Looks like Ferguson continues to clean house. In the latest fallout from the Department of Justice report that shone a blinding light on racially biased justice system that is Ferguson, Mo, the Ferguson City Council announced tonight that City Manager John Shaw and the city had reached a “mutual separation agreement.”
Shaw, 39, had been the City Manager for the last eight years. It was Shaw who hired Ferguson Police Chief Tom Jackson in 2010, the man whose police force brought the city millions in municipal court revenue.
And although Mayor James Knowles has been the public face of the governement since all eyes have been on Ferguson, he is apparently no more than a figurehead—and a part time office holder—who earns less than $5,000 per year for the job.
The real power resides with Shaw, who interestingly has not spoken out publicly since Mike Brown died at the hands of a Ferguson police officer in July 2014, and since his city has been rocked by unrest and scrutiny.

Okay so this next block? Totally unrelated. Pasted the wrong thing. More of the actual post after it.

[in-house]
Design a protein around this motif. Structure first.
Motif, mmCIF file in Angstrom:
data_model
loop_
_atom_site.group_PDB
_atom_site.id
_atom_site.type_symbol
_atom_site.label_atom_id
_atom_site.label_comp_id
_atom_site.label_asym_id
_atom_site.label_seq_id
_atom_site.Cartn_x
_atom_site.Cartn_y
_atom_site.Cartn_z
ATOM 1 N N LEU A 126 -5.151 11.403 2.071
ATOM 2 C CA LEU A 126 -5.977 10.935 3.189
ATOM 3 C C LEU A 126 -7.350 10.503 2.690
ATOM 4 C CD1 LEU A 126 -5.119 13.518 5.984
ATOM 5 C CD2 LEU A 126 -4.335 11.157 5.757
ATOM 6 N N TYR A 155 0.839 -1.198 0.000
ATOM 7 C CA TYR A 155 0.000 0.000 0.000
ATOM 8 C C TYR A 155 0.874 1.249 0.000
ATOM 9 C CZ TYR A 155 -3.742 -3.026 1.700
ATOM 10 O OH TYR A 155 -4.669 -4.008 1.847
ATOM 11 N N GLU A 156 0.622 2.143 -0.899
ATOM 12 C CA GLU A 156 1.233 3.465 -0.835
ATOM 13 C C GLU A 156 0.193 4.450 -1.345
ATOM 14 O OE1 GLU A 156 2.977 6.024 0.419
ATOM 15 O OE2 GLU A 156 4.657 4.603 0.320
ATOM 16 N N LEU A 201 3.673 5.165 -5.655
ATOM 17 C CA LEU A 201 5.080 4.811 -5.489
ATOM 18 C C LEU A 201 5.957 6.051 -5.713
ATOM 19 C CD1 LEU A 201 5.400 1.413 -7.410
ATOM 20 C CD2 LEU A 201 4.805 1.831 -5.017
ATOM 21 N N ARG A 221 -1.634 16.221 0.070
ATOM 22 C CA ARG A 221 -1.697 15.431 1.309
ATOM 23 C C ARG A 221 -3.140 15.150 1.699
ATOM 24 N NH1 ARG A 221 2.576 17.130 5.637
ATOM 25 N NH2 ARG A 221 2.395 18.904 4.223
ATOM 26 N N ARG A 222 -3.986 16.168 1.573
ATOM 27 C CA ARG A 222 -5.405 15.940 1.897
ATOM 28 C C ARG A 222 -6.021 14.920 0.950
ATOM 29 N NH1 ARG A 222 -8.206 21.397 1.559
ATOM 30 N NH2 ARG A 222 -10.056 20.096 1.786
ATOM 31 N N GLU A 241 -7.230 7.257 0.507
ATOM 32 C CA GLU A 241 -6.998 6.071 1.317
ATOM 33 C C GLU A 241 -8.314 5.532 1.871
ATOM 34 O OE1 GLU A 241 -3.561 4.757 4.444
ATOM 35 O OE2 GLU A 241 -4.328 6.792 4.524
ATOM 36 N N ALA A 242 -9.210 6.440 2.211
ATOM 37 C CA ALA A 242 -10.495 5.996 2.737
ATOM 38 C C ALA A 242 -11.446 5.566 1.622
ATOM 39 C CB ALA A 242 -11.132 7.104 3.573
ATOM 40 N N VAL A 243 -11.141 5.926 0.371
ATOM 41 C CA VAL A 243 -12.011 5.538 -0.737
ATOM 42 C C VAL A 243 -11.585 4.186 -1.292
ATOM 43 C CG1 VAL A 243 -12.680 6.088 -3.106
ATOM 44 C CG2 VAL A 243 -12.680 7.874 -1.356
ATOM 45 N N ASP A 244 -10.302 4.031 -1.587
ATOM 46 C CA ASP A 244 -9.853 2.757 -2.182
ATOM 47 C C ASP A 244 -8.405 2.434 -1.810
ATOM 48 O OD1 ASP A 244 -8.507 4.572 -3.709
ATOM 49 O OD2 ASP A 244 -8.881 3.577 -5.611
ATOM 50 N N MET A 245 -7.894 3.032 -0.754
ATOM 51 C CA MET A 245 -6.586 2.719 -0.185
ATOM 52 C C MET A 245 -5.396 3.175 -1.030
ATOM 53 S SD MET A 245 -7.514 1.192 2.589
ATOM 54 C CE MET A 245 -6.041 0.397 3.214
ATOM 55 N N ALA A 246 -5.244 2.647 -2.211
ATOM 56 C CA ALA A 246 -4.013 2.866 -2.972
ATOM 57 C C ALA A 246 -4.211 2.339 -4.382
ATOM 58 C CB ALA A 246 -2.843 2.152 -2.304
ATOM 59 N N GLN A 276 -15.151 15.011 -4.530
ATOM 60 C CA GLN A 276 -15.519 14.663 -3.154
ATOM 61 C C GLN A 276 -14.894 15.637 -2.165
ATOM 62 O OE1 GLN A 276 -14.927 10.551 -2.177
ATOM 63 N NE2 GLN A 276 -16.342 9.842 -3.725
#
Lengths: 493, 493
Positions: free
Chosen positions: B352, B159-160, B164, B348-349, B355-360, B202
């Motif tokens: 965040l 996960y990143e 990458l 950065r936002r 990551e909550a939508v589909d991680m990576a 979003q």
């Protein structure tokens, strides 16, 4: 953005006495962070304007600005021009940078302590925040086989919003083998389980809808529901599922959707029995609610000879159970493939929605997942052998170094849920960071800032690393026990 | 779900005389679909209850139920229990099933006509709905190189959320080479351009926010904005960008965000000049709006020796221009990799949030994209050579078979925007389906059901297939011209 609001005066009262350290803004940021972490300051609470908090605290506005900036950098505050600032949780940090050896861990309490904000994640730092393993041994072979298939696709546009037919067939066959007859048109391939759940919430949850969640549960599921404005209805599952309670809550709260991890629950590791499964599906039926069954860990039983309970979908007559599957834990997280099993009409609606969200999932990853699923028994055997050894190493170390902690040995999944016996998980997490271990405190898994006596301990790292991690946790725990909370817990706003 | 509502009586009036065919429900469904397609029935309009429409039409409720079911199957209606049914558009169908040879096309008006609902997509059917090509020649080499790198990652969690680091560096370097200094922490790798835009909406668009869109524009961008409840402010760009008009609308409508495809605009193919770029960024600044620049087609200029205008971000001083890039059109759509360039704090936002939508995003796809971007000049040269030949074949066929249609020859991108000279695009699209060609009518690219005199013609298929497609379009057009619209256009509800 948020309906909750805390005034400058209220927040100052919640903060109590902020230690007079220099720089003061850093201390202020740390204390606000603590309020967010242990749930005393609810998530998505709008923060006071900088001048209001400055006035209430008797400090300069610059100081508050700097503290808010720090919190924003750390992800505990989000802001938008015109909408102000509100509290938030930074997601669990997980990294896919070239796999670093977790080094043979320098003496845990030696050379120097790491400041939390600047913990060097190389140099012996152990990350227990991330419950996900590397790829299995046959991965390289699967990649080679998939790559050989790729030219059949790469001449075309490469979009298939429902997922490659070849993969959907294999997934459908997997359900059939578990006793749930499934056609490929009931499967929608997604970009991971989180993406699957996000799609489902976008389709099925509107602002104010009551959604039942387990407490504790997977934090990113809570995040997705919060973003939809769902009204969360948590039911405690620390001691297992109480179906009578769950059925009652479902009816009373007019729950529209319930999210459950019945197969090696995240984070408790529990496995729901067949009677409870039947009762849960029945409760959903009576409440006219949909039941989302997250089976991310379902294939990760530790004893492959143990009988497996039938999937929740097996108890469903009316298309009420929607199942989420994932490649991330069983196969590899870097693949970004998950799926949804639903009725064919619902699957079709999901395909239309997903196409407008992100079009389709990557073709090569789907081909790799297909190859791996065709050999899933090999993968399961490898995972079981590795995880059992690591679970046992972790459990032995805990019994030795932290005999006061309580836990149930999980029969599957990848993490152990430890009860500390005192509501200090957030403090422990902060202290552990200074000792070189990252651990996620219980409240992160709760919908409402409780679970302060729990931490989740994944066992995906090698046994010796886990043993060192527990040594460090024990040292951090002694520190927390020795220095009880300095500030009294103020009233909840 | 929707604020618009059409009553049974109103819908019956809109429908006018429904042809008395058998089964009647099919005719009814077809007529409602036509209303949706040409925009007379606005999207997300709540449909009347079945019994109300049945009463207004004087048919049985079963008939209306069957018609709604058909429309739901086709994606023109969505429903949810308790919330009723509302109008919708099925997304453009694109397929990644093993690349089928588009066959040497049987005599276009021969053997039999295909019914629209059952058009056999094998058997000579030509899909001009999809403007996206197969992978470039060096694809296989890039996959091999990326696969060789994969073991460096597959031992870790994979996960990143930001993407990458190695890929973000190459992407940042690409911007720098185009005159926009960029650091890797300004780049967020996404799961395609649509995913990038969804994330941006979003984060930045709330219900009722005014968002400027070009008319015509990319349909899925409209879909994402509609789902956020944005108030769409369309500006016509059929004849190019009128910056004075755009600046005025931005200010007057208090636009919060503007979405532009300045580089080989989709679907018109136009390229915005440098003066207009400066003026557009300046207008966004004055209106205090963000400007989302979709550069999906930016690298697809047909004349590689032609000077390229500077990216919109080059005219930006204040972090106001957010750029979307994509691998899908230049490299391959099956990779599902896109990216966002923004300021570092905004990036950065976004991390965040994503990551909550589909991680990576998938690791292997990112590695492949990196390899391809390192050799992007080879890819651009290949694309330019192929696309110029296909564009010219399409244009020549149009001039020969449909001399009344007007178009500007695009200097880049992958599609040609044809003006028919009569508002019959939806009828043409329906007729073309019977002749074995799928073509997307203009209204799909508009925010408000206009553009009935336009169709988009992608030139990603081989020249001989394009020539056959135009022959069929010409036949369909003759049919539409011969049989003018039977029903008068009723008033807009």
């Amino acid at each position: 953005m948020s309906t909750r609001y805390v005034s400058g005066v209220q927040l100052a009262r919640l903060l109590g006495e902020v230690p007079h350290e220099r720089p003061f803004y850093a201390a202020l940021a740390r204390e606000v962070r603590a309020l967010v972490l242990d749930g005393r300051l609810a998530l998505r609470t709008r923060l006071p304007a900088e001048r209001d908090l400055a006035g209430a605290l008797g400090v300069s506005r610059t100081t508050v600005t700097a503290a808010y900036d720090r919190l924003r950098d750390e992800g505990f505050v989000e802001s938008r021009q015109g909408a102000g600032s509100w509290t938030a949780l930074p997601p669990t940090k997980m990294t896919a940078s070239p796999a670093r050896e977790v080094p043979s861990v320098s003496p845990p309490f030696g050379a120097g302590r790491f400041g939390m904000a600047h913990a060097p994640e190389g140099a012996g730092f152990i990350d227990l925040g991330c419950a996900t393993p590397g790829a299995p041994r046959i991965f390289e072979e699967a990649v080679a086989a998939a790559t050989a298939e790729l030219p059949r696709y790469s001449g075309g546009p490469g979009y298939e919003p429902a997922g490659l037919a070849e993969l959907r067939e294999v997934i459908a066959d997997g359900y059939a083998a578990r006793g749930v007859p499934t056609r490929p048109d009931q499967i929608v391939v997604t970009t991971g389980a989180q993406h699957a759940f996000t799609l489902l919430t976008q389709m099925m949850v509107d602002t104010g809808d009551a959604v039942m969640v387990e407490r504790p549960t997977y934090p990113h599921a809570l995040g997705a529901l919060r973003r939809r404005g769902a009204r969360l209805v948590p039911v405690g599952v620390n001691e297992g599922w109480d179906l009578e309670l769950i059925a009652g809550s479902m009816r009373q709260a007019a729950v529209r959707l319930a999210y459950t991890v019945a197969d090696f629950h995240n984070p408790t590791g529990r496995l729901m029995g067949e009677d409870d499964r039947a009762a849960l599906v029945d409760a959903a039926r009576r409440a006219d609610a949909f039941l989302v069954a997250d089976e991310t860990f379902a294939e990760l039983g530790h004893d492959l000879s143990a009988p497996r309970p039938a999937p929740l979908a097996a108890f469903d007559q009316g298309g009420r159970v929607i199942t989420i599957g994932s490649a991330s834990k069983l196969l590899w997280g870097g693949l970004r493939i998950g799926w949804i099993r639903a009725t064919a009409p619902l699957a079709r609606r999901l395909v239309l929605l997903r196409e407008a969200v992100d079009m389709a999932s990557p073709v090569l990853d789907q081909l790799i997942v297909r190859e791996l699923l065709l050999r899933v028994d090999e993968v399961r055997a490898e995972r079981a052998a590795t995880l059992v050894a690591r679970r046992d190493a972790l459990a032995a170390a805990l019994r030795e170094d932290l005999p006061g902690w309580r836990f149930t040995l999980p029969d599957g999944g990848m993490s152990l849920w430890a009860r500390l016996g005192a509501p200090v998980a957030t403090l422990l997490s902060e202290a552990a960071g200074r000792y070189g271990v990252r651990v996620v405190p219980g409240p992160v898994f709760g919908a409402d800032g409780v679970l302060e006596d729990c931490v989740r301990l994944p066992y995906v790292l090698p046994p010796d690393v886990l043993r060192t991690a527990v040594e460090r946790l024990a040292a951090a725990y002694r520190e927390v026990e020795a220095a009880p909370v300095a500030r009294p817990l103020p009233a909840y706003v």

As City Manager, Shaw had the legal authority to hire, and fire city workers, including the police chief and officers. The mayor and City Council have no legal standing to do so, according to the city charter.
The City Council can, however, fire the City Manager, and apparently chose to exercise that right tonight.
The Associated Press notes that the Justice Department report repeatedly cited Shaw’s role in encouraging his police force to aggressively ticket motorists as a means to generate revenue:
In one instance, he responded to a Jackson email about a record-setting month for court revenue — nearly $180,000 in February 2011 alone — with the exclamation, “Wonderful!”
And when Jackson told Shaw in January 2013 that municipal court revenue had exceeded $2 million the previous year, the city manager was similarly excited.
“Awesome!” he said, according to the federal inquiry.
Shaw denies these claims of instucting the police to target African Americans, “nor falsify charges to administer fines, nor heap abuses on the backs of the poor.” He says those inferences from the report are false, according to the AP.